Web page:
In the heart of the Swinging 60s, Mary Quant launched a fashion revolution. As an exhibition at the V&A celebrates the groundbreaking designer, The Glossary talks to co-curator Jenny Lister about the Mod aesthetic – and what it meant for female empowerment.
Conjure in your mind an image of London in the Swinging 60s and it almost certainly involves young women striding into a modern new world in neat little tunics with Peter Pan collars or skinny rib knits and daring minis paired with colourful tights and patent leather boots. The creator of those era-defining clothes, Mary Quant, was at the epicentre of the King’s Road Chelsea set; she launched her brand in 1955, and within a decade she was also a household name and a global flag-waver for Britain’s thrilling new fashion scene.
And now, more than 60 years later, the 85-year-old designer’s impact has been re-evaluated with a retrospective at the Victoria & Albert Museum – the first in half a century. Quant, who was made a dame in 2014, not only dressed a generation; as a businesswoman, she demonstrated what was possible at a time when a new sense of freedom was transforming society. “A lot of people found her very inspiring and she was very much part of showing women how to go for it,” says Jenny Lister, who has co-curated the show with Stephanie Wood. “She famously said ‘I didn’t have time to wait for women’s liberation, I just got on with it’ and that is exactly what she did. That female empowerment message seems really timely right now.”
It certainly does – but it’s also crucial to consider the context; in the 50s Britain was still in the grip of post-war austerity (rationing ended in 1954). “At the time young women went straight from dressing as a child to emulating their mothers in tweed suits and formal hats and gloves and matching bags. It was stifling,” explains Lister. But there was a new mood bubbling up as class divisions started to shift, and as young people began to assert their own tastes in music, lifestyle and fashion. Quant was convinced that fashion needed to be both affordable and accessible to this new youth movement. “The whole point of fashion is to make fashionable clothes available to everyone,” she has said. “Mary Quant spoke clearly of her ideas about fashion,” says Lister. “She opens up this whole new world of individualism and easy clothes that broke the rules.”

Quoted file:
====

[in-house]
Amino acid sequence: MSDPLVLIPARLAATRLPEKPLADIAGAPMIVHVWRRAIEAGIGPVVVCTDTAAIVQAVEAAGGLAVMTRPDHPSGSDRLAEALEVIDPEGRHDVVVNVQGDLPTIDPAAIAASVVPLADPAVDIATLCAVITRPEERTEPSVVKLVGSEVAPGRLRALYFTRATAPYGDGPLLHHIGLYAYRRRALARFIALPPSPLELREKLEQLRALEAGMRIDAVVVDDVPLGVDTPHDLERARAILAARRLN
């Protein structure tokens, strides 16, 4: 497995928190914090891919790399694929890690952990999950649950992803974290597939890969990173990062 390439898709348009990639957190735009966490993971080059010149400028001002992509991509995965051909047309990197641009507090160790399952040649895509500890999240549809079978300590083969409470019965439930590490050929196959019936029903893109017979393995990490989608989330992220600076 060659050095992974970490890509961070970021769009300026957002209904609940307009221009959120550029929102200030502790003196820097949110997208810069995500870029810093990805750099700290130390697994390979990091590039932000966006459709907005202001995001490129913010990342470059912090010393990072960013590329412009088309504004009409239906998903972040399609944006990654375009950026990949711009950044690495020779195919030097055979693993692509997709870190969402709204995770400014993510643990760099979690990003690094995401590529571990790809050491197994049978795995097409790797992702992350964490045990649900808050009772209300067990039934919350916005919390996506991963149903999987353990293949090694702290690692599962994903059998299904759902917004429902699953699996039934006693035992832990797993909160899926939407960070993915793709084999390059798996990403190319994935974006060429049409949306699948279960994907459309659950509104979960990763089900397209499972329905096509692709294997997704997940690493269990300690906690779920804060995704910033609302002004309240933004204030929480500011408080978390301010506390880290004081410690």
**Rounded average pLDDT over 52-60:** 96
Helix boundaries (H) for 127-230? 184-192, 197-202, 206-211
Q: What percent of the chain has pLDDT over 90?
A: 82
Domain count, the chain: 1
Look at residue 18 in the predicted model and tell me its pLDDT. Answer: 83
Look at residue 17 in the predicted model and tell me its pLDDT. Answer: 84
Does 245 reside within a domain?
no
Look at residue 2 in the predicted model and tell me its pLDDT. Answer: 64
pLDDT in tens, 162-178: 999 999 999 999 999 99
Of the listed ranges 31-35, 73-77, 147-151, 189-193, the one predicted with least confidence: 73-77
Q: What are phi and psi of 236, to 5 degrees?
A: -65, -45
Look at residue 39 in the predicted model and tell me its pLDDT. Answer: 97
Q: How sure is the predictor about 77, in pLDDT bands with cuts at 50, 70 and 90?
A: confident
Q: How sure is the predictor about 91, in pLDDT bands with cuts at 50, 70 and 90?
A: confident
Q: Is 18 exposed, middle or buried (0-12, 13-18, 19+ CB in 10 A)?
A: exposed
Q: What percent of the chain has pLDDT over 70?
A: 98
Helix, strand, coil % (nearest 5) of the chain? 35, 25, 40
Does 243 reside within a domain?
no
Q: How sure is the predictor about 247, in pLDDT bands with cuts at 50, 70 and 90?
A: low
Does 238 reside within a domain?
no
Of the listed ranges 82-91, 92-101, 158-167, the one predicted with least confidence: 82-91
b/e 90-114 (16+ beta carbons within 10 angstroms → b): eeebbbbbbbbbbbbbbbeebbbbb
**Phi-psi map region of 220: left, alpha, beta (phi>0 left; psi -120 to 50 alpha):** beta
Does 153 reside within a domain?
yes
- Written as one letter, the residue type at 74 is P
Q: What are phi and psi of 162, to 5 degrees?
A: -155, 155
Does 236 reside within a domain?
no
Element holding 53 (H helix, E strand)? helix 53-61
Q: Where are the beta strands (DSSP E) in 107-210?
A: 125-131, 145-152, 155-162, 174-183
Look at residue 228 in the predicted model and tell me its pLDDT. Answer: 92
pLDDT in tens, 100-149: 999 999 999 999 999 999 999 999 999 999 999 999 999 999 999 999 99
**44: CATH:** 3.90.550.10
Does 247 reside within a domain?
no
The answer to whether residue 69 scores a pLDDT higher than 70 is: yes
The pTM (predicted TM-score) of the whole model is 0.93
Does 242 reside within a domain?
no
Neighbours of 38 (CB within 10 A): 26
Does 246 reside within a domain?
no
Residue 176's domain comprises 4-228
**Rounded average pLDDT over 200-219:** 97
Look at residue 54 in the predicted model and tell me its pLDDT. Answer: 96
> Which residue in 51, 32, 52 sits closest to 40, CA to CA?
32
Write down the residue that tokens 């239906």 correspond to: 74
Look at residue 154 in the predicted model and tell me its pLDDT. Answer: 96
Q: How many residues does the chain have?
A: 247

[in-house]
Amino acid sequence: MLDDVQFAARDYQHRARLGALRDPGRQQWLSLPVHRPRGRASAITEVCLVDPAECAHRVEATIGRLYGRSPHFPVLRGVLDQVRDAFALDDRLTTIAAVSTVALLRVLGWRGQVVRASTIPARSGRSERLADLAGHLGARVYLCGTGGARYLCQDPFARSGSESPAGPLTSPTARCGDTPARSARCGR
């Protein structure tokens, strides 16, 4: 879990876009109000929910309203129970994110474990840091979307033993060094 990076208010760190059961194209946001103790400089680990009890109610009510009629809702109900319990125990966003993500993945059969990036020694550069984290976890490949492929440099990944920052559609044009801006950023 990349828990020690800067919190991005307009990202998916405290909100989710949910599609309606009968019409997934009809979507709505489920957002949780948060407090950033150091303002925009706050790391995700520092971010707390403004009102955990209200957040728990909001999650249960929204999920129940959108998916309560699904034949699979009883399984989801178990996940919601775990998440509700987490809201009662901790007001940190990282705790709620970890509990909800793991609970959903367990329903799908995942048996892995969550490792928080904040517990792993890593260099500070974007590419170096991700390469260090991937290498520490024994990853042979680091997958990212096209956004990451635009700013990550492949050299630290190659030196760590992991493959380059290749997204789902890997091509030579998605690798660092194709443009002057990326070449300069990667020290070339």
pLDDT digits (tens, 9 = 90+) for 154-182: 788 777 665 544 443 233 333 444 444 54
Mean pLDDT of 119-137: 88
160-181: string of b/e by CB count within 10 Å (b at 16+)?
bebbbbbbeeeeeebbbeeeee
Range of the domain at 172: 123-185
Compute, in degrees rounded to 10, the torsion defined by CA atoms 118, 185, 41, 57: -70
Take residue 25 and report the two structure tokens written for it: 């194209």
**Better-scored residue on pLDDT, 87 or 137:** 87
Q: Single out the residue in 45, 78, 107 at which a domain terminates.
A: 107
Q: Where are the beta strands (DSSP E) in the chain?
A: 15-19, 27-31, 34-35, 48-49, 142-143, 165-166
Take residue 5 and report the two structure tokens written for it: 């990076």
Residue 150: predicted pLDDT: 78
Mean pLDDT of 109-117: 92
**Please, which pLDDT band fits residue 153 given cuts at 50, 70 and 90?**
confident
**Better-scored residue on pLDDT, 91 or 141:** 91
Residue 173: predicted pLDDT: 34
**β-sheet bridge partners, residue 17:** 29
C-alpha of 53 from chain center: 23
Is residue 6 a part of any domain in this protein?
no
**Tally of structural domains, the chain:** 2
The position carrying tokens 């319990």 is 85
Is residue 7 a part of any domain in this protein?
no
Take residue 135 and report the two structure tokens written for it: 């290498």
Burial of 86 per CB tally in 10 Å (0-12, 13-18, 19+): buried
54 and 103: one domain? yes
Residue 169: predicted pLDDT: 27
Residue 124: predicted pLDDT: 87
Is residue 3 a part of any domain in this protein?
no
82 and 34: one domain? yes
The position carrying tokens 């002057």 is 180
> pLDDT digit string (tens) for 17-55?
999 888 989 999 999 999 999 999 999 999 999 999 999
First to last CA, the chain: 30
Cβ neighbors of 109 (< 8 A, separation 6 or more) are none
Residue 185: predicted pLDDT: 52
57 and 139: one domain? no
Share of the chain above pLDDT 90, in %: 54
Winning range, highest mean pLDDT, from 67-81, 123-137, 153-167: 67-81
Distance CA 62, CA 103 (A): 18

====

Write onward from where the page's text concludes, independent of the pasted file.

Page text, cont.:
Quant was born and brought up in Blackheath, London, the daughter of two Welsh school teachers. She studied illustration at Goldsmith’s (her parents wouldn’t let her study fashion) and she then took up an apprenticeship in couture millinery. At college she had met her aristocratic husband-to-be, Alexander Plunket Greene, and when the young couple befriended lawyer-turned-photographer-turned-entrepreneur Archie McNair, at his King’s Road coffee shop, the trio hatched a plan to open a boutique with a basement restaurant, with McNair putting up half of the initial £8000 investment.
Bazaar, which opened in 1955, initially stocked clothes that Quant bought in but she began to design pieces herself, investing each day’s takings in making more clothes (one of the earliest pieces in the exhibition is a simple, printed cotton top thought to have been made for the store in 1956). Her designs were playful but practical and inspired by Mods and the Chelsea set, and by the clothes she’d admired as a child at dance classes – there were pinafore dresses, long men’s cardigans that could be worn as dresses, men’s suiting and, of course, the miniskirts.
It is the thigh-grazing skirt for which the iconic designer is best remembered. “It was the girls on the King’s Road who invented the mini,” Quant once recalled. “I was making easy, youthful, simple clothes, in which you could move, in which you could run and jump and we would make them the length the customer wanted. I wore them very short and the customers would say, ‘Shorter, shorter.’” These higher-than-high hemlines were the most literal manifestation of women’s emerging freedom at the time, a symbol of sexual liberation following the fight for female birth control – and they were quickly adopted by the second-wave feminists, like Germaine Greer and Gloria Steinem.